The University of Wisconsin Press
The Alexandrian Library and the Origins of Bibliography
Wisconsin Studies in Classics
“Blum…shows how the potential of the Alexandrian library was realized by its earliest curators. In doing so, he has contributed much to our understanding of the nature of the ancient library at Alexandria and its significance in the history of bibliography.”
—Graham Jefcoate, Library Quarterly
The famous library of Alexandria, founded around 295 BCE by Ptolemaios I, housed the greatest collection of texts in the ancient world and was a fertile site of Hellenistic scholarship. Rudolf Blum’s landmark study, originally published in German in 1977, argues that Kallimachos of Kyrene was not only the second director of the Alexandrian library but also the inventor of two essential scholarly tools still in use to this day: the library catalog and the “biobibliographical” reference work. Kallimachos expanded the library’s inventory lists into volumes called the Pinakes, which extensively described and categorized each work and became in effect a Greek national bibliography and the source and paradigm for most later bibliographic lists of Greek literature. Though the Pinakes have not survived, Blum attempts a detailed reconstruction of Kallimachos’s inventories and catalogs based on a careful analysis of surviving sources, which are presented here in full translation.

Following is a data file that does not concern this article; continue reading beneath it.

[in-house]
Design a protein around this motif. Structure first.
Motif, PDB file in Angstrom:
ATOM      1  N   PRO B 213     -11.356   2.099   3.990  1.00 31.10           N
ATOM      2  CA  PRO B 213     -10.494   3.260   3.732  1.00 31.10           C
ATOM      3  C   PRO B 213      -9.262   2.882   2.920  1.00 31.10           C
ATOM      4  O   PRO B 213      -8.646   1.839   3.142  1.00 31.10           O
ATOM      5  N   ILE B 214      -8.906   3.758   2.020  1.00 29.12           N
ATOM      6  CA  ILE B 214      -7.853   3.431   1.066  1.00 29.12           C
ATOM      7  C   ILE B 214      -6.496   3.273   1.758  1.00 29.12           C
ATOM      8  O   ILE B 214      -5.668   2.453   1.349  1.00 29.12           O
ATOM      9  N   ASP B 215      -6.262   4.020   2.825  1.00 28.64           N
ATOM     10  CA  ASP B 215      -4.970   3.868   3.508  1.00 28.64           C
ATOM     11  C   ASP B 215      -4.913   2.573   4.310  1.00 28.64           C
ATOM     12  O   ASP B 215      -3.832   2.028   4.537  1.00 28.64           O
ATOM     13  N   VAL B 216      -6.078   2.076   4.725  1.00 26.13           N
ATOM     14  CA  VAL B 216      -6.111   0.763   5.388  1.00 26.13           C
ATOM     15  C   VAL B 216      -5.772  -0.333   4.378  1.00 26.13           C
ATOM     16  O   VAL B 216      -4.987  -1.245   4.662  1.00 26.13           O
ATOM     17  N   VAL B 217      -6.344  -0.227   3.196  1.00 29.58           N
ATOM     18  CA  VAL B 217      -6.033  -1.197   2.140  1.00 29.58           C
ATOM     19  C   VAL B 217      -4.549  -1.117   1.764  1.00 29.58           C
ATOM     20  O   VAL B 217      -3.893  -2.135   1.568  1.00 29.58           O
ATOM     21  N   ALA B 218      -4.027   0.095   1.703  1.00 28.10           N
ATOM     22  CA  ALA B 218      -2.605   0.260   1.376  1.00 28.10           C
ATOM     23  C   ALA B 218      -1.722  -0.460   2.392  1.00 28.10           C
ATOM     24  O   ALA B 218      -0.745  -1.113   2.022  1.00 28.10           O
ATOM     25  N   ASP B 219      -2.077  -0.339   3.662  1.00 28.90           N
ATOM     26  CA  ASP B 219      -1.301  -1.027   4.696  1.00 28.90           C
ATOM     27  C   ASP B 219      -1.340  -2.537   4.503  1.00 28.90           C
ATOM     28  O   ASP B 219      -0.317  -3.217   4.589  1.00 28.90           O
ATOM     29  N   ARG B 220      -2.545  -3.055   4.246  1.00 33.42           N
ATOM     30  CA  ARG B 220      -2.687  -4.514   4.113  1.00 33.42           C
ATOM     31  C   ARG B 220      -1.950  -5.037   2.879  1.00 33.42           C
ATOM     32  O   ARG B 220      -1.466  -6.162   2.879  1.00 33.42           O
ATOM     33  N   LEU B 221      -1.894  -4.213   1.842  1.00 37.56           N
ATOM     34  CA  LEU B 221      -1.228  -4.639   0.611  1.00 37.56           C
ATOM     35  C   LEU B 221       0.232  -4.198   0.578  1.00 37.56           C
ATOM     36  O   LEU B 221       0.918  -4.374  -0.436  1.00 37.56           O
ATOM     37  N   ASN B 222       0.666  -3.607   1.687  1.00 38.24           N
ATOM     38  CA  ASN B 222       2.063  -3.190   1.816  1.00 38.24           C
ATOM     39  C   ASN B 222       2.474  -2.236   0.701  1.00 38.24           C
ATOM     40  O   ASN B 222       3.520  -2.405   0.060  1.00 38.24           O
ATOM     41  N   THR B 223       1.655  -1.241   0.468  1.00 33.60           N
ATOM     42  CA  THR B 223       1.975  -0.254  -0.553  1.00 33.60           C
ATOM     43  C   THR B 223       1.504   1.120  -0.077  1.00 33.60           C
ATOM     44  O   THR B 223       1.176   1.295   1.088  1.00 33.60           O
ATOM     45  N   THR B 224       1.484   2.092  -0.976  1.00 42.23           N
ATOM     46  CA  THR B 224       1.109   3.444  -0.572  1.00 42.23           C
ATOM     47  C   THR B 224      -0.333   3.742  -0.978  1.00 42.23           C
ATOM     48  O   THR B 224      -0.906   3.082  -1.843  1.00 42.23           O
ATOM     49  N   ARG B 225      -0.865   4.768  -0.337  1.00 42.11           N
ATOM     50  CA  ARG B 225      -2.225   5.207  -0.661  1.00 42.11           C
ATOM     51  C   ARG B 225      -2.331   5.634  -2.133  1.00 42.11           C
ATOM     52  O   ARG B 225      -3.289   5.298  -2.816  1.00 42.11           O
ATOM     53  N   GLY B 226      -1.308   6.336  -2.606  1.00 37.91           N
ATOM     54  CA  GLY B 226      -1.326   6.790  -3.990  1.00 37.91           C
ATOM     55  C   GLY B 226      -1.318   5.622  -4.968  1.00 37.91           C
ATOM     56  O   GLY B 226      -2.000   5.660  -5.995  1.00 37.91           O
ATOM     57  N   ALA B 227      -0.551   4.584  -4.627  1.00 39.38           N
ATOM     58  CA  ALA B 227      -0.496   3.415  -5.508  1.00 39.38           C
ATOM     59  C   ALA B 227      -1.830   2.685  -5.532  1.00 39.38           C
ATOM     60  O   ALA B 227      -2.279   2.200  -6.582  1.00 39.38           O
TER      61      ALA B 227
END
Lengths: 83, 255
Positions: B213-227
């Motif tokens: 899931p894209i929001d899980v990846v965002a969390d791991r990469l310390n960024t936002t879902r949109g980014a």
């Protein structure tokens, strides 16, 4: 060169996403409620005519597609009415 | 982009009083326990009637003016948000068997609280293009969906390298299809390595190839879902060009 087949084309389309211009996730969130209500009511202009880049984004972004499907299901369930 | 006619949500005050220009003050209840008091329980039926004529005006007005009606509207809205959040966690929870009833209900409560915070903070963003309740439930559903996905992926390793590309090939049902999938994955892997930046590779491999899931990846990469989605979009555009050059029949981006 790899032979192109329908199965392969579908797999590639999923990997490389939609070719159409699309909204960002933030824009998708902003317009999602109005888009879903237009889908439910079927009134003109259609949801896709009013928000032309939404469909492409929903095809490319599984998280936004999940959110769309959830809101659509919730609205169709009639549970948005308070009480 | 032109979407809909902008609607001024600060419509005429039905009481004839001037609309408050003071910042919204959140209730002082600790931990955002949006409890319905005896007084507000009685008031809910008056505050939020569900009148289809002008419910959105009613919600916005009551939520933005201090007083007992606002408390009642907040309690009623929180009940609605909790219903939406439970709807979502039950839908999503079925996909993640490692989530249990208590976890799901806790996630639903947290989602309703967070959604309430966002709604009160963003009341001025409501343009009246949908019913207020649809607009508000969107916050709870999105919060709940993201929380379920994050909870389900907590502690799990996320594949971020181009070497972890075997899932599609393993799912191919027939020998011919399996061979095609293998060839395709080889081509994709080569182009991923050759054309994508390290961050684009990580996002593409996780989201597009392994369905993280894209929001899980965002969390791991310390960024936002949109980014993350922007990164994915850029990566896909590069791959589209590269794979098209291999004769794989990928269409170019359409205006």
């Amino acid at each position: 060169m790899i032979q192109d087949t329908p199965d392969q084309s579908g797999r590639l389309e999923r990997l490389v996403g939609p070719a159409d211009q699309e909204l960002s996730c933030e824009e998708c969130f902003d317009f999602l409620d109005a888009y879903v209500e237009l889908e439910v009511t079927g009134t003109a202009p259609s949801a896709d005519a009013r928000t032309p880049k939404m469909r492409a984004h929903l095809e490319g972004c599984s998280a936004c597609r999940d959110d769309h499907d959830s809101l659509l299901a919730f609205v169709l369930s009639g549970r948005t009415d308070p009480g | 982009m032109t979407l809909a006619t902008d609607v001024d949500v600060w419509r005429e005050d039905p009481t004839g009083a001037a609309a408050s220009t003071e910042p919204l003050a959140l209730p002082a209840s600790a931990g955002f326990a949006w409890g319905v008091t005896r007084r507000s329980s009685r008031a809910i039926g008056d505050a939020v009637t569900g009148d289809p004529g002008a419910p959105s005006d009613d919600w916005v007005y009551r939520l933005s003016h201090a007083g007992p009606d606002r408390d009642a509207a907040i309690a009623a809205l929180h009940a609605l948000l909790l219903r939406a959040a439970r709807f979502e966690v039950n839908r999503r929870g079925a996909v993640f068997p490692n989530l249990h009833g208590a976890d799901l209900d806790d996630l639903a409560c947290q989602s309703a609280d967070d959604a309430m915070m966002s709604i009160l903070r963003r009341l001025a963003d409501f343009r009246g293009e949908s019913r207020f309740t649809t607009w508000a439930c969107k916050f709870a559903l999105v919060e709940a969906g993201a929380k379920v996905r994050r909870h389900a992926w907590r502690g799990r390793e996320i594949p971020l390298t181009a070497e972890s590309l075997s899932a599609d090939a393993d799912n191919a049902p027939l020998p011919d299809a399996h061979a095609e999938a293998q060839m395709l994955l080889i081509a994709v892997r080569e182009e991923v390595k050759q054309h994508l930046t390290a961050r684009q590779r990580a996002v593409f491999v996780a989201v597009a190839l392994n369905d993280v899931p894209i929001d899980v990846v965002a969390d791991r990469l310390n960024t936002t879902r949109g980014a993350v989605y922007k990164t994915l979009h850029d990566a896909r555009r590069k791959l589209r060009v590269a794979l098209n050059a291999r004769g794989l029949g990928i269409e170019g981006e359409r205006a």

Rudolf Blum (1909–1998) was library director of the Deutsche Bibliothek in Frankfurt, Germany.
Hans H. Wellisch (1920–2004) was professor emeritus of the College of Library and Information Services at the University of Maryland, College Park.
“An invaluable resource for anyone interested in the development of ancient bibliography.”
—Jerry Clack, The Classic World
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FIRST PAPERBACK EDITION
LC: 91-028997 Z
288 pp. 6 x 9
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